Finding derivative of $\frac{x}{x^2+1}$ using only the definition of derivative

I think the title is quite self-explanatory. I'm only allowed to use the definition of a derivative to differentiate the above function. Sorry for the formatting though.

Let $f(x) = \frac{x}{x^2+1}$

\begin{align} f'(x)&= \lim_{h\to 0} \frac {f(x+h)-f(x)}{h}\\ &= \lim_{h\to 0} \frac {\frac{x+h}{(x+h)^2+1}-\frac{x}{x^2+1}}{h}\\ &= \lim_{h\to 0} \frac{\frac{x+h}{x^2+2hx+h^2+1}-\frac{x}{x^2+1}}{h}\\ &= \lim_{h\to 0} \frac{\frac{(x+h)(x^2+1)-x(x^2+2hx+h^2+1)}{(x^2+1)(x^2+2hx+h^2+1)}}{h}\\ &= \lim_{h\to 0} \frac{\frac{hx^2-2hx-h^2+h}{(x^2+1)(x^2+2hx+h^2+1)}}{h} \end{align}

I'm currently stuck with simplify the fraction so that I can finally find the derivative. I'd really appreciate some advice on how to proceed with the problem.

• You can factor an $h$ from the numerator. That cancels with the one in the denominator. – iamwhoiam Sep 12 '17 at 3:37
• Note that you can factor out an h from the numerator and cancel out the h in the denominator. Then you can just evaluate the limit by plugging 0 in for h – themathandlanguagetutor Sep 12 '17 at 3:40
• Alternatively, to see it better, first simplify the compound fraction. Recall $$\frac{\,\frac{a}{b}\,}{c}=\frac{a}{bc}$$ and then factor out $h$ from numerator and denominator. – quasi Sep 12 '17 at 3:41
• I think you should double check the step between your last two lines though – themathandlanguagetutor Sep 12 '17 at 3:43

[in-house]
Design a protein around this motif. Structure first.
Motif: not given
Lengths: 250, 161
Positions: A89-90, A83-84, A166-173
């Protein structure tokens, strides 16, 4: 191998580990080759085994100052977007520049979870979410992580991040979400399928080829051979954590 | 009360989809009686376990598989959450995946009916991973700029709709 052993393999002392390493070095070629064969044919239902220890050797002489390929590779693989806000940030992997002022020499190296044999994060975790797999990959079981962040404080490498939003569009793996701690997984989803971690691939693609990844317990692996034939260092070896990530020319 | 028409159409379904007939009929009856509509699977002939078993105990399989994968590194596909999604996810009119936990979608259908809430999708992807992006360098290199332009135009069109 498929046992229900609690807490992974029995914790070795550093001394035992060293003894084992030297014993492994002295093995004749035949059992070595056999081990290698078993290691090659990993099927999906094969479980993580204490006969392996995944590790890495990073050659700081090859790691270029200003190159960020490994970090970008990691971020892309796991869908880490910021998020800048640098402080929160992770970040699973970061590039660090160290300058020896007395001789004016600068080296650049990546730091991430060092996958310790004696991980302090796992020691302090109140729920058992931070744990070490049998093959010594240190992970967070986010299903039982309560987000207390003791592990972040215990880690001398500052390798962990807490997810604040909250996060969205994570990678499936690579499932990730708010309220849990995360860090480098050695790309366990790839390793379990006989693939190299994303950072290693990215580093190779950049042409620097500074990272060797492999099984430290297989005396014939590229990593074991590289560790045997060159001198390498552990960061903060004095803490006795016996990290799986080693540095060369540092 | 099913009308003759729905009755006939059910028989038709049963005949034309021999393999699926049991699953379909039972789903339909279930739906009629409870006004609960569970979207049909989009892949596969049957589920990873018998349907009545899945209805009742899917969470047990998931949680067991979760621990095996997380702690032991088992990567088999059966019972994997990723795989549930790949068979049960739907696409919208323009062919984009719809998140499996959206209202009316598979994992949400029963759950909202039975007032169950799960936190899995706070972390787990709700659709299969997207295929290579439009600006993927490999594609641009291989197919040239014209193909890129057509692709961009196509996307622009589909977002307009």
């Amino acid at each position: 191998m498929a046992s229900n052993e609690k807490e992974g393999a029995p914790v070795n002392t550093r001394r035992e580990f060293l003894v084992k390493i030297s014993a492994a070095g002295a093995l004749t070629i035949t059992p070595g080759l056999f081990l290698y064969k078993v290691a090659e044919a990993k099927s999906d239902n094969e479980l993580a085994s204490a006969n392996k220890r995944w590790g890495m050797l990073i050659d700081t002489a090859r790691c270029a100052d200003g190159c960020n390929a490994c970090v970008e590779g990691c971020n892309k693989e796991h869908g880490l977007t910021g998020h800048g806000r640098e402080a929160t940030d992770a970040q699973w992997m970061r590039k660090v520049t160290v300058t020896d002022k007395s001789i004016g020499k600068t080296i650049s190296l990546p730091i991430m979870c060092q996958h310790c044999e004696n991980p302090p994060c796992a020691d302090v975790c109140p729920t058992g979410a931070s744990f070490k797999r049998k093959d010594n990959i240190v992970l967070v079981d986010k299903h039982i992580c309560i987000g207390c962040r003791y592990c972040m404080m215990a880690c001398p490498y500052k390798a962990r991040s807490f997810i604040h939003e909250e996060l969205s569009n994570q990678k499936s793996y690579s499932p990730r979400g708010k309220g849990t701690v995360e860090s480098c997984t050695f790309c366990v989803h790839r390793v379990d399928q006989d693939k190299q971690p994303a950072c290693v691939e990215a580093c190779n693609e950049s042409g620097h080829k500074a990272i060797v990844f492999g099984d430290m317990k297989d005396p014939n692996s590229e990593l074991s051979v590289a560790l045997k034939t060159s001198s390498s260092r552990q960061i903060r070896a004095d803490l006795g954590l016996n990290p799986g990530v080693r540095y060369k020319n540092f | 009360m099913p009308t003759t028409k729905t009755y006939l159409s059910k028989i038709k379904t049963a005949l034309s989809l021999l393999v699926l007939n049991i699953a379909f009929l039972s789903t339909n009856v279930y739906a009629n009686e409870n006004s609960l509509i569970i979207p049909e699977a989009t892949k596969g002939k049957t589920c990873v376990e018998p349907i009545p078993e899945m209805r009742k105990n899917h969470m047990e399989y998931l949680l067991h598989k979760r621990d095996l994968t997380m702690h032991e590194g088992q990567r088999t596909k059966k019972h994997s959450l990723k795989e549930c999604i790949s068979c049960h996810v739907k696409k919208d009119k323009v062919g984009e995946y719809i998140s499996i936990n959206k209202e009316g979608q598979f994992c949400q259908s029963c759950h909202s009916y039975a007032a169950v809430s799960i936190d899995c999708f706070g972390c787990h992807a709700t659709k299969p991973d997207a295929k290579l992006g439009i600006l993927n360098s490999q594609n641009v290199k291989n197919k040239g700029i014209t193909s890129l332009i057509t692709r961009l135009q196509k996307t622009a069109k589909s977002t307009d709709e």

Your last step is wrong, the actual steps will be,

$$=\lim_{h\to 0} \frac{\frac{-\color{red}{(hx^2-h+h^2x)}}{(1+x^2)(x^2+2hx+h^2+1)}}{\color{red}{h}}$$ $$=\lim_{h\to 0} \frac{\frac{-\color{blue}{(x^2-1+hx)}}{(1+x^2)(x^2+2hx+h^2+1)}}{\color{blue}{1}}$$

$$=\frac{1-x^2}{(1+x^2)^2}$$

\begin{eqnarray} {1 \over h } ({x+h \over 1 + (x+h)^2} - {x \over 1+x^2}) &=& {1 \over h } { (x+h)(1+x^2) - (1+(x+h)^2)x\over (x+x^2) (1 + (x+h)^2} \\ &=& {1 \over h } { h -h x^2 - h^2 x\over (x+x^2) (1 + (x+h)^2} \\ &=& { 1 - x^2 - h x\over (x+x^2) (1 + (x+h)^2} \end{eqnarray} The limit follows by taking $h \to 0$.

\begin{align} f'(x) &= \lim_{h\to 0} \frac {f(x+h)-f(x)}{h}\\ &= \lim_{h\to 0} \frac {\frac{x+h}{(x+h)^2+1}-\frac{x}{x^2+1}}{h}\\ &= \lim_{h\to 0} \frac{(x+h)(x^2+1)-x((x+h)^2+1)}{h(x^2+1)((x+h)^2+1)}\\ &= \lim_{h\to 0} \frac{h - h^2x - hx^2}{h(x^2+1)((x+h)^2+1)} \end{align}

$$= \lim_{h\to 0} \frac{1 - hx - x^2}{(x^2+1)((x+h)^2+1)}$$ $$=\frac{1 - x^2}{(x^2+1)^2}$$

There are two common ways to compute a derivative. This is the other.

\begin{align} \left. f'(x) \right|_{x=x_0} &= \lim_{x\to x_0} \frac {f(x)-f(x)} {x-x_0}\\ &= \lim_{x\to x_0} \frac {\frac{x}{x^2+1}-\frac{x_0}{x_0^2+1}} {x-x_0}\\ &= \lim_{x\to x_0} \frac {x(x_0^2+1)-x_0(x^2+1)} {(x^2+1)(x_0^2+1)(x-x_0)}\\ &= \lim_{x\to x_0} \frac {(x x_0^2 - x_0 x^2) + (x-x_0)} {(x^2+1)(x_0^2+1)(x-x_0)}\\ &= \lim_{x\to x_0} \frac {-x x_0(x-x_0) + (x-x_0)} {(x^2+1)(x_0^2+1)(x-x_0)}\\ &= \lim_{x\to x_0} \frac {-x x_0 + 1} {(x^2+1)(x_0^2+1)}\\ &= \frac{1-x_0^2} {1+(x_0^2)^2}\\ \end{align}